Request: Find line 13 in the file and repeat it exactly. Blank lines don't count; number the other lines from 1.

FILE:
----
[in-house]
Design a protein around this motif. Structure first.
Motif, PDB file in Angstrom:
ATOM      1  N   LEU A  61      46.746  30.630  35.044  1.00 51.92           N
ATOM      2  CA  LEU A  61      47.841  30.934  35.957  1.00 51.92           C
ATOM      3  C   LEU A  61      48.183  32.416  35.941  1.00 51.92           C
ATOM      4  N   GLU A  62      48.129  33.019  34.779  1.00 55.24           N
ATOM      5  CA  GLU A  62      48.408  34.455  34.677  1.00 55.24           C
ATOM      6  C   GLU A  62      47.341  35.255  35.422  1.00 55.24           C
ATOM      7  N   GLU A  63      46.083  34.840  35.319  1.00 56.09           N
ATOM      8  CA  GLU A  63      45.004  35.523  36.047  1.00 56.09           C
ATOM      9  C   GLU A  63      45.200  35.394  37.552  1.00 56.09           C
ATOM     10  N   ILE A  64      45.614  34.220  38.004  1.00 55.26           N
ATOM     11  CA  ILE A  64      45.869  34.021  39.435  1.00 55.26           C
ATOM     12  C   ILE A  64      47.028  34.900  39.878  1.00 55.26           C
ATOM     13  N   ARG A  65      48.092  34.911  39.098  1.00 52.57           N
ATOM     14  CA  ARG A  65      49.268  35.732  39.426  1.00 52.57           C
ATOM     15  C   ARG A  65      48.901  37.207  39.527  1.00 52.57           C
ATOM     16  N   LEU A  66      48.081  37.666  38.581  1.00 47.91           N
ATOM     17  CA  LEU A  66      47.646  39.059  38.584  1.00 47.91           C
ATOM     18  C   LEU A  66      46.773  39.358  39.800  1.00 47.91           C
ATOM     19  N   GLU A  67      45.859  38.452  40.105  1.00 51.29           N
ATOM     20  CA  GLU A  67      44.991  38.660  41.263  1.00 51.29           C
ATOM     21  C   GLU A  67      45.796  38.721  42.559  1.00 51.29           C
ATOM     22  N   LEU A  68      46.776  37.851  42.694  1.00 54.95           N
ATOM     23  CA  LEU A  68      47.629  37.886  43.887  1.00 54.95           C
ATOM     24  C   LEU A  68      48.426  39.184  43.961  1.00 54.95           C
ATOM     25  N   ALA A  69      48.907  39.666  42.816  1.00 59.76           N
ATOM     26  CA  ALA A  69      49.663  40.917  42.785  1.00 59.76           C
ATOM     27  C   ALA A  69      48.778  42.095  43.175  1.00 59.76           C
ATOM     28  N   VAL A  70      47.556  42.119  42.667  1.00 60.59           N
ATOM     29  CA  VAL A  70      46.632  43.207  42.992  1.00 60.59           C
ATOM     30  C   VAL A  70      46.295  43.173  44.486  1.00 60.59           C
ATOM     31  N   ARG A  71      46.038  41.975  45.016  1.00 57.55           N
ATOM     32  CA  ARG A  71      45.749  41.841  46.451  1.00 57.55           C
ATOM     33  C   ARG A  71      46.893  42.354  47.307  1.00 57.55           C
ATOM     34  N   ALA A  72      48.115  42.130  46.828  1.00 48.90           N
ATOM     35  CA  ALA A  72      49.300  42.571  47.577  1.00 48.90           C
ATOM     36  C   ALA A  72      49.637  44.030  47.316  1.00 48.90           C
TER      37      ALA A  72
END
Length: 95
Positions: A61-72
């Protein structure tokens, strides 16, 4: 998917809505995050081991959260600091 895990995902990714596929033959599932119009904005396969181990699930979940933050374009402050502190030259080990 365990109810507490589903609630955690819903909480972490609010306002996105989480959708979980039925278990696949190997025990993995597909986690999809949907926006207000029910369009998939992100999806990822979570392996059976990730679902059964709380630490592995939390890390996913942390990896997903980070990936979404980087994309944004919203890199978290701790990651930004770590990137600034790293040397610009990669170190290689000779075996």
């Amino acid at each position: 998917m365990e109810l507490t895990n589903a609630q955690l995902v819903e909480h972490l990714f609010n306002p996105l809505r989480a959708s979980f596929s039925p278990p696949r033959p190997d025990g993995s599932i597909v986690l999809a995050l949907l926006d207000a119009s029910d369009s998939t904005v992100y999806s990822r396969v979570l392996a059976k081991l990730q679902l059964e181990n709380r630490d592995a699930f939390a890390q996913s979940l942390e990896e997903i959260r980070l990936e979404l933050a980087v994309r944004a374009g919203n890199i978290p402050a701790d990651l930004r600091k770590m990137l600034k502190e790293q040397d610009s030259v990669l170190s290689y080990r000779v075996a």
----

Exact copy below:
ATOM     10  N   ILE A  64      45.614  34.220  38.004  1.00 55.26           N